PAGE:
June 13, 2005

Nationals 3, Mariners 0

Not to rub anyone's nose in it or anything, but I thought that the first head-to-head matchup between the favorite teams of this blog deserved some mention (particularly since my team won all the games). I actually attended the Friday night game. (Mariners fans such as my blog partner may remember this as the game in which the M's gave up 6 runs in the 8th inning.) There was a great crowd at RFK... there's a real positive vibe between the Nationals and the fans that's a delight to watch and participate in.

The losing pitcher Friday was the fading veteran Shigetoshi Hasegawa, or as I like to call him, "Ziggy." The pitcher of memory for Seattle, though, was extremely well-traveled lefty Ron Villone. Villone walked Carlos Baerga to open the inning, and Baerga was immediately replaced by new acquisition Junior Spivey. (This was a wise move on Washington's part, as Baerga runs like he's got a baby grand piano strapped to his back.) Two sacrifices got Spivey to third. Marlon Byrd was the next hitter, and he hit a roller to short. Routine play, except the M's shortstop double-clutched on the throw and Byrd, pounding up the line all the way, beat the play. Spivey came in with the tying run.

Now, bear in mind that there are still two outs, with a solid batter, Brad Wilkerson, at the plate. You might think Villone would be focused on, you know, getting the third out or something. But instead he seemed to take Byrd's infield hit personally.

Before delivering a single pitch to Wilkerson, Villone tried to pick Byrd off three times. Each time, Byrd (who obviously had no intention of running) was back easily. The boos from the crowd shook the ballpark. Villone, undaunted, threw two more pickoff throws before delivering ball two. In all, Villone threw six times to first base in the course of pitching to Wilkerson, who walked, which put Byrd on second anyhow. Villone then threw a low slider than got passed the catcher and moved the runners up a base. Then, apparently, Villone finally realized how many outs there were and got Ryan Church to fly out and end the inning.

My point, to the degree that I have one, is this: I've never heard an entire ballpark full of people laugh as hard as we were that night at poor Villone, trying desperately to make sure Byrd didn't steal second. (Byrd, by the way, isn't exctly Willie Mays Hayes on the basepaths.)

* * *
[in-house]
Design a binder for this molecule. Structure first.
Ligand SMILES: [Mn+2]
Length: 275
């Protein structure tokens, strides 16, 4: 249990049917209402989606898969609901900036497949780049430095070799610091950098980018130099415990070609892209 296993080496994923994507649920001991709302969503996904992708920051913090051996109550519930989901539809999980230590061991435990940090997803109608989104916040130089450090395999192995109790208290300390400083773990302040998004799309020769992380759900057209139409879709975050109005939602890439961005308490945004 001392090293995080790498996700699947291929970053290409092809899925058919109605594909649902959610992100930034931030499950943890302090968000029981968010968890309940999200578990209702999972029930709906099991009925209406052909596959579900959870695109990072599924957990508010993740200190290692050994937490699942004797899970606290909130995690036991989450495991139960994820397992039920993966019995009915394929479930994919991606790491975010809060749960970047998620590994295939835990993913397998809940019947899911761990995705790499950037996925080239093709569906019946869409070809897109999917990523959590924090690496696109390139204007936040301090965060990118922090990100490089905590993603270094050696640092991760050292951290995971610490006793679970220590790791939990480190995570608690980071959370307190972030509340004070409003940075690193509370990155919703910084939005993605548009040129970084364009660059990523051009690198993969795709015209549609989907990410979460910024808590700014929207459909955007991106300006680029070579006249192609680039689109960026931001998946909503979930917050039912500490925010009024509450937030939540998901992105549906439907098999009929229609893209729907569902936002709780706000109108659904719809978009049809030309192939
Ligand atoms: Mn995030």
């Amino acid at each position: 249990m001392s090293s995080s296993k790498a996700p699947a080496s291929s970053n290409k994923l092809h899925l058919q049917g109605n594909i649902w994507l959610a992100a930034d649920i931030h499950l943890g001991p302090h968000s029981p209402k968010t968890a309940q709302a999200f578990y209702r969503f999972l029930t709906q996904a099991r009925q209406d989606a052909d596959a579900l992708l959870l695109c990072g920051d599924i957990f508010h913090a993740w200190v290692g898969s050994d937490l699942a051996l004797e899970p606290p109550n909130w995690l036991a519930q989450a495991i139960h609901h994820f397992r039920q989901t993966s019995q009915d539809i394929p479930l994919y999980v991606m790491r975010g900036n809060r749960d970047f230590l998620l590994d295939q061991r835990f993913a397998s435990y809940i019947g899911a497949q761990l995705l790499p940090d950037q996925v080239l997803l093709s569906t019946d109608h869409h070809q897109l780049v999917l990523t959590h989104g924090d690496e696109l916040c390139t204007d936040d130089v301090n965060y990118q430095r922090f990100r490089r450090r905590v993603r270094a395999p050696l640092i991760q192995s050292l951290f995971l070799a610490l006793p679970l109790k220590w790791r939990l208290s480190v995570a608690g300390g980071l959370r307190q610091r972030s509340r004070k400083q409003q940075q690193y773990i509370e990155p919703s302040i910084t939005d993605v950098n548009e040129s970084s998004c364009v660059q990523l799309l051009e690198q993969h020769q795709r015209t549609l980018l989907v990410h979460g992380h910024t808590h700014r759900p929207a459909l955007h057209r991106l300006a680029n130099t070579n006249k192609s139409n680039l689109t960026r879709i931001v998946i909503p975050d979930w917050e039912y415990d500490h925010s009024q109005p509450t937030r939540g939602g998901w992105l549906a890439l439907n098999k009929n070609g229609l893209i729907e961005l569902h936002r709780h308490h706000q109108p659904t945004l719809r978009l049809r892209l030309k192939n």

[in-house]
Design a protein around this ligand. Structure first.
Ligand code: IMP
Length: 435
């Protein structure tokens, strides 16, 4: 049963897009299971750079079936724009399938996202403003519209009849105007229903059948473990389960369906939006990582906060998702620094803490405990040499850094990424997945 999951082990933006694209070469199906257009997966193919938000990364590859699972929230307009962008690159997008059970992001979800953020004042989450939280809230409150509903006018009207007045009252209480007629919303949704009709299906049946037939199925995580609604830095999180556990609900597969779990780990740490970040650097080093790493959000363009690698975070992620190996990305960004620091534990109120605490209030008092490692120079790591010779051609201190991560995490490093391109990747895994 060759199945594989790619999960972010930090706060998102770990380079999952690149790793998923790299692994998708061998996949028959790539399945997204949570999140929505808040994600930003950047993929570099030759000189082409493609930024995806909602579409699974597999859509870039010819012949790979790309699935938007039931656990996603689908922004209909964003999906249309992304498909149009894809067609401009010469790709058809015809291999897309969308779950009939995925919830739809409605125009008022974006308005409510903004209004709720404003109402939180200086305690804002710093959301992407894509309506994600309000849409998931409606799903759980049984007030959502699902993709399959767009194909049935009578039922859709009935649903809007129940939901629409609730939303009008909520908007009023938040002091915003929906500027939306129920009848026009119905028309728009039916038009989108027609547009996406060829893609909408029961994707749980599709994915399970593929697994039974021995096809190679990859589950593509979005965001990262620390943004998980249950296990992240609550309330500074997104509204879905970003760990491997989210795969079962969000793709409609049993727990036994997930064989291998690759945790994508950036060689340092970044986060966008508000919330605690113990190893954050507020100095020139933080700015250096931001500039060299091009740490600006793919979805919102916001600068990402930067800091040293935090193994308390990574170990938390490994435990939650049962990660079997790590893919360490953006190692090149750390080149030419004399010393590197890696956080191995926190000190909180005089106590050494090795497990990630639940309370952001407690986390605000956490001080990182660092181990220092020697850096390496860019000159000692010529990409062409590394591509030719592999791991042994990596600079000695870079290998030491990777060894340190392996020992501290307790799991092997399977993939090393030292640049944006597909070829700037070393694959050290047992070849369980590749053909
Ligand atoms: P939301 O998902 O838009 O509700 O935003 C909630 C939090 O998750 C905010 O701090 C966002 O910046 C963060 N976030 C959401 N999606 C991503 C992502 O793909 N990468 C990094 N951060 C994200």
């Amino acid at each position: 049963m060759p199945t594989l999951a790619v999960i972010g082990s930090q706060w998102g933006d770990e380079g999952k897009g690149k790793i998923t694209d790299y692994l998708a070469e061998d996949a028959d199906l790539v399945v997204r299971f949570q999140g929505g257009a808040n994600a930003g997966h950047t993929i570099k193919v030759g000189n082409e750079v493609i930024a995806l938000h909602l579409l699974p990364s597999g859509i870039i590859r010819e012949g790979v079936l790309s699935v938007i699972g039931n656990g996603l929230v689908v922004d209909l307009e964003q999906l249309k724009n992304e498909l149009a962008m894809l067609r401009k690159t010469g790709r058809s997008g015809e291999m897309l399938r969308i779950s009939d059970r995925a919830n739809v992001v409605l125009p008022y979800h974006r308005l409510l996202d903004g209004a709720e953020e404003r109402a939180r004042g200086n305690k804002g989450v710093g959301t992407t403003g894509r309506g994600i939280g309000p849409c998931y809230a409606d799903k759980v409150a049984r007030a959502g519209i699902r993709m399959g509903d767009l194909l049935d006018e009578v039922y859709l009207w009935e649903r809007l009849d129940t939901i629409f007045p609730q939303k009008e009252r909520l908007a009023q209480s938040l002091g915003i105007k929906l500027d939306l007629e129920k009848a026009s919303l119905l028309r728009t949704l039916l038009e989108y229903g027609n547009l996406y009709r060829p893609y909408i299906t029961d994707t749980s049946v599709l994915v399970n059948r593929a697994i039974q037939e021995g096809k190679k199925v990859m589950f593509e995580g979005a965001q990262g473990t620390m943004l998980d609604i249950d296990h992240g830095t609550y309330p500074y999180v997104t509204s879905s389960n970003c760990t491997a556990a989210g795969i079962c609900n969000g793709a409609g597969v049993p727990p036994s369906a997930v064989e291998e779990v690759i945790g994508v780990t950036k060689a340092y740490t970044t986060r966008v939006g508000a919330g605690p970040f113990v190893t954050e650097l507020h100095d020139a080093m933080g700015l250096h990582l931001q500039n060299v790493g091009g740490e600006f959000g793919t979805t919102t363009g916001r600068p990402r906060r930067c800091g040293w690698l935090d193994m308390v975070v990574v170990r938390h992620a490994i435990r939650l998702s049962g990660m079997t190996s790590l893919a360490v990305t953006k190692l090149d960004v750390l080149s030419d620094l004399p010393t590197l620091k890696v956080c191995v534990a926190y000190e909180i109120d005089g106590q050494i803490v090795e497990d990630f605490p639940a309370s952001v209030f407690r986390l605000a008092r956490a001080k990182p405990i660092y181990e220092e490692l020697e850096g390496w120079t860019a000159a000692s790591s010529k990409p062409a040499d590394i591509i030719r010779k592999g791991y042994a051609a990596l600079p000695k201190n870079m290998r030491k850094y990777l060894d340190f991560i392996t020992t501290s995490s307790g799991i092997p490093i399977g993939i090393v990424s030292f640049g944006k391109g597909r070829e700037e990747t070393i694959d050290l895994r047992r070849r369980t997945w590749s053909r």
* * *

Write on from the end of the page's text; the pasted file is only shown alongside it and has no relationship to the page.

The other things I'll always remember is that we got to see what may be the only at-bat of Rick Short's major-league career. Short, 32, has bounced around the minors for a dozen seasons, with a career average over .300 and not a major-league stint to his name... until Friday night. Frank Robinson sent Short up as a pinch-hitter in the fifth. Now, there was no announcement that Short was making his major-league debut. But everyone in the park just seemed to know. We all went crazy, cheering like it was the seventh game of the World Series. And wouldn't you know it... Short punched a single through the left side and drove in a run! You'd have thought it was 1924 all over again. Bedlam in RFK. Better still, when Short came off the field at inning's end, we gave him a standing ovation. Short mentioned in his post-game interviewed that he was moved by the crowd's reaction. He wasn't the only one.

Incidentally, Short was sent down the next day (displaced by the aforementioned Spivey), so there's a distinct possibility he'll never be in the majors again. I hope he comes back later on. But if not, I'll always be proud that I was there for his magical moment.

Incidentally, the Mariners shouldn't feel too bad: they ran into a team on a crazy-hot streak in RFK, where the Nats have been nearly unbeatable. It happens. Meantime, is it too soon to have pennant fever? If we can come out with a 5-4 road trip, keep rolling at home, get some guys back after the All-Star break... well, you can't fault a guy for dreaming, can you?

Frinklin Can you believe that I was in Seattle for 72 hours and didn't pay a bit of attention to the M's? This is what happens when house-hunting.

And don't get cocky Fred... the Mariners have spent most of 2005 playing like sick nuns.

Posted by Mediocre Fred at June 13, 2005 08:54 AM

"...the Mariners have spent most of 2005 playing like sick nuns."

Why the cheap shot at nuns, blasphemer?

Posted by: Richard at June 14, 2005 12:40 AM
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